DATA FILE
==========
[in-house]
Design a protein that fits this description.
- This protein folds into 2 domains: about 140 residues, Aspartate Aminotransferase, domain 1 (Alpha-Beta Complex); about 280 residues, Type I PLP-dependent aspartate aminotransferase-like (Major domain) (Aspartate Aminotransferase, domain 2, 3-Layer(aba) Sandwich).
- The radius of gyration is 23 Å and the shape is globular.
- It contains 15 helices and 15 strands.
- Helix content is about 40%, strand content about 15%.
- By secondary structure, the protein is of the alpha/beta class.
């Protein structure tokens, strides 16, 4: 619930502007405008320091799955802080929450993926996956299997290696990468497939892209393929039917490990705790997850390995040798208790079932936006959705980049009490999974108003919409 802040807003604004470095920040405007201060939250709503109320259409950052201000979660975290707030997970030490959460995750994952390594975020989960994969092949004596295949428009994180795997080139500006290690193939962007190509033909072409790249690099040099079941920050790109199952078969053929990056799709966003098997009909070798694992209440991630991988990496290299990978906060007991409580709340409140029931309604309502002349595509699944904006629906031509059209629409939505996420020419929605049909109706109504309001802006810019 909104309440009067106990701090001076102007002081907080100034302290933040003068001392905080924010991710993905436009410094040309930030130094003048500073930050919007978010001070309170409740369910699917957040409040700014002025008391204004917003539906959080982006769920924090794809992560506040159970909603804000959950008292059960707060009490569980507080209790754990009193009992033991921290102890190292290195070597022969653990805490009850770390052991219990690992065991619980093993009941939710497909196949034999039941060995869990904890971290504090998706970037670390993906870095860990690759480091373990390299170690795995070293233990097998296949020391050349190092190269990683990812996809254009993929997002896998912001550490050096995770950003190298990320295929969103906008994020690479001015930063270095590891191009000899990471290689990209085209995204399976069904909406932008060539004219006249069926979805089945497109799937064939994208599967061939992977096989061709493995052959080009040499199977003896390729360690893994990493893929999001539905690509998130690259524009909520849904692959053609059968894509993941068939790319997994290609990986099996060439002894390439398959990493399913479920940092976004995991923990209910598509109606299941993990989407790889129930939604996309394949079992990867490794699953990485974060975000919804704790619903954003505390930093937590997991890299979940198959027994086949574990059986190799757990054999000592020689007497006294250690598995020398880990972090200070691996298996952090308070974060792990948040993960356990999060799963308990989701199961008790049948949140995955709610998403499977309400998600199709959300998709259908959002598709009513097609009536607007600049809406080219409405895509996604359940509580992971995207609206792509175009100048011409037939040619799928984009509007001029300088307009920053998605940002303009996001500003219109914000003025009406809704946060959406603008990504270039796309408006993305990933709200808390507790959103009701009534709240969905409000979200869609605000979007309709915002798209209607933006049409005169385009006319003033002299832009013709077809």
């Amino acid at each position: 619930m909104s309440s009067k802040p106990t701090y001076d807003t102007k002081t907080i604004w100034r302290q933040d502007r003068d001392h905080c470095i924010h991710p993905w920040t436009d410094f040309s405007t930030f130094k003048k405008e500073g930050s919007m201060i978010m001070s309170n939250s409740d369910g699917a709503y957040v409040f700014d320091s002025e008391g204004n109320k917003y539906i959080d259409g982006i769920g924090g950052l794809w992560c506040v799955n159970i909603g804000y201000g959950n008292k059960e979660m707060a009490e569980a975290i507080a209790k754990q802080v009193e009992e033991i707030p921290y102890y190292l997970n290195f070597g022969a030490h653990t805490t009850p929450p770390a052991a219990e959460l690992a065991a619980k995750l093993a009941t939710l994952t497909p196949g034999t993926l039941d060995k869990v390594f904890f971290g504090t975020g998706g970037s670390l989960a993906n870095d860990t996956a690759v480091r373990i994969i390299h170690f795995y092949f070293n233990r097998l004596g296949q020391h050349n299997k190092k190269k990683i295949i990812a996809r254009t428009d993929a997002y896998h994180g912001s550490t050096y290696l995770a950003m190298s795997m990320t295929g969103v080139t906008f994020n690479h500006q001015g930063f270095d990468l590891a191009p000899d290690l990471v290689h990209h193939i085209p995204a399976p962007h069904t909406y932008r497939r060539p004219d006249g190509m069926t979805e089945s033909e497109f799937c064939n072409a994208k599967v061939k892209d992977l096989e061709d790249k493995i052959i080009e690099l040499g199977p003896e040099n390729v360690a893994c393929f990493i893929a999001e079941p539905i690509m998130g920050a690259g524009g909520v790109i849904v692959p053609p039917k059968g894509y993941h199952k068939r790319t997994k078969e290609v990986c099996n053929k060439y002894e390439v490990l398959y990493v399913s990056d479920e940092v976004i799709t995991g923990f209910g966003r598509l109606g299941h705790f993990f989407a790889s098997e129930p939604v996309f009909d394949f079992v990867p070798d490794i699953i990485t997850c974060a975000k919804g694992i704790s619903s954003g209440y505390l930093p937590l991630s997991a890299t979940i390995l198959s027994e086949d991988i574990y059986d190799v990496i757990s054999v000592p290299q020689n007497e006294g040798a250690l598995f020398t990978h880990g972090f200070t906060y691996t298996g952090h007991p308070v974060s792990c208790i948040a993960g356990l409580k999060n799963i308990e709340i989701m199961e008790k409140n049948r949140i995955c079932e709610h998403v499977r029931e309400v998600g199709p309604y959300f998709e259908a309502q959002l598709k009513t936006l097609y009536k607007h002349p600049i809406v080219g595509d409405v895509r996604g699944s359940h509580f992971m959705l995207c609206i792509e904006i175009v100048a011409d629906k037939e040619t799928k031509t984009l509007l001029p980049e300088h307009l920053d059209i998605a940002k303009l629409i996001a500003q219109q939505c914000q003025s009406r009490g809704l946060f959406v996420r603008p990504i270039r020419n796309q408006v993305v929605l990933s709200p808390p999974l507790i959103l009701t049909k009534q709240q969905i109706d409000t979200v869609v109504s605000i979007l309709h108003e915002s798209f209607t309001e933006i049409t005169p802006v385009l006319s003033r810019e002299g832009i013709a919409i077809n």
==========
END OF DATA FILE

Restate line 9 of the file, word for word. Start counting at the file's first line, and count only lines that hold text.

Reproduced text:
């Amino acid at each position: 619930m909104s309440s009067k802040p106990t701090y001076d807003t102007k002081t907080i604004w100034r302290q933040d502007r003068d001392h905080c470095i924010h991710p993905w920040t436009d410094f040309s405007t930030f130094k003048k405008e500073g930050s919007m201060i978010m001070s309170n939250s409740d369910g699917a709503y957040v409040f700014d320091s002025e008391g204004n109320k917003y539906i959080d259409g982006i769920g924090g950052l794809w992560c506040v799955n159970i909603g804000y201000g959950n008292k059960e979660m707060a009490e569980a975290i507080a209790k754990q802080v009193e009992e033991i707030p921290y102890y190292l997970n290195f070597g022969a030490h653990t805490t009850p929450p770390a052991a219990e959460l690992a065991a619980k995750l093993a009941t939710l994952t497909p196949g034999t993926l039941d060995k869990v390594f904890f971290g504090t975020g998706g970037s670390l989960a993906n870095d860990t996956a690759v480091r373990i994969i390299h170690f795995y092949f070293n233990r097998l004596g296949q020391h050349n299997k190092k190269k990683i295949i990812a996809r254009t428009d993929a997002y896998h994180g912001s550490t050096y290696l995770a950003m190298s795997m990320t295929g969103v080139t906008f994020n690479h500006q001015g930063f270095d990468l590891a191009p000899d290690l990471v290689h990209h193939i085209p995204a399976p962007h069904t909406y932008r497939r060539p004219d006249g190509m069926t979805e089945s033909e497109f799937c064939n072409a994208k599967v061939k892209d992977l096989e061709d790249k493995i052959i080009e690099l040499g199977p003896e040099n390729v360690a893994c393929f990493i893929a999001e079941p539905i690509m998130g920050a690259g524009g909520v790109i849904v692959p053609p039917k059968g894509y993941h199952k068939r790319t997994k078969e290609v990986c099996n053929k060439y002894e390439v490990l398959y990493v399913s990056d479920e940092v976004i799709t995991g923990f209910g966003r598509l109606g299941h705790f993990f989407a790889s098997e129930p939604v996309f009909d394949f079992v990867p070798d490794i699953i990485t997850c974060a975000k919804g694992i704790s619903s954003g209440y505390l930093p937590l991630s997991a890299t979940i390995l198959s027994e086949d991988i574990y059986d190799v990496i757990s054999v000592p290299q020689n007497e006294g040798a250690l598995f020398t990978h880990g972090f200070t906060y691996t298996g952090h007991p308070v974060s792990c208790i948040a993960g356990l409580k999060n799963i308990e709340i989701m199961e008790k409140n049948r949140i995955c079932e709610h998403v499977r029931e309400v998600g199709p309604y959300f998709e259908a309502q959002l598709k009513t936006l097609y009536k607007h002349p600049i809406v080219g595509d409405v895509r996604g699944s359940h509580f992971m959705l995207c609206i792509e904006i175009v100048a011409d629906k037939e040619t799928k031509t984009l509007l001029p980049e300088h307009l920053d059209i998605a940002k303009l629409i996001a500003q219109q939505c914000q003025s009406r009490g809704l946060f959406v996420r603008p990504i270039r020419n796309q408006v993305v929605l990933s709200p808390p999974l507790i959103l009701t049909k009534q709240q969905i109706d409000t979200v869609v109504s605000i979007l309709h108003e915002s798209f209607t309001e933006i049409t005169p802006v385009l006319s003033r810019e002299g832009i013709a919409i077809n």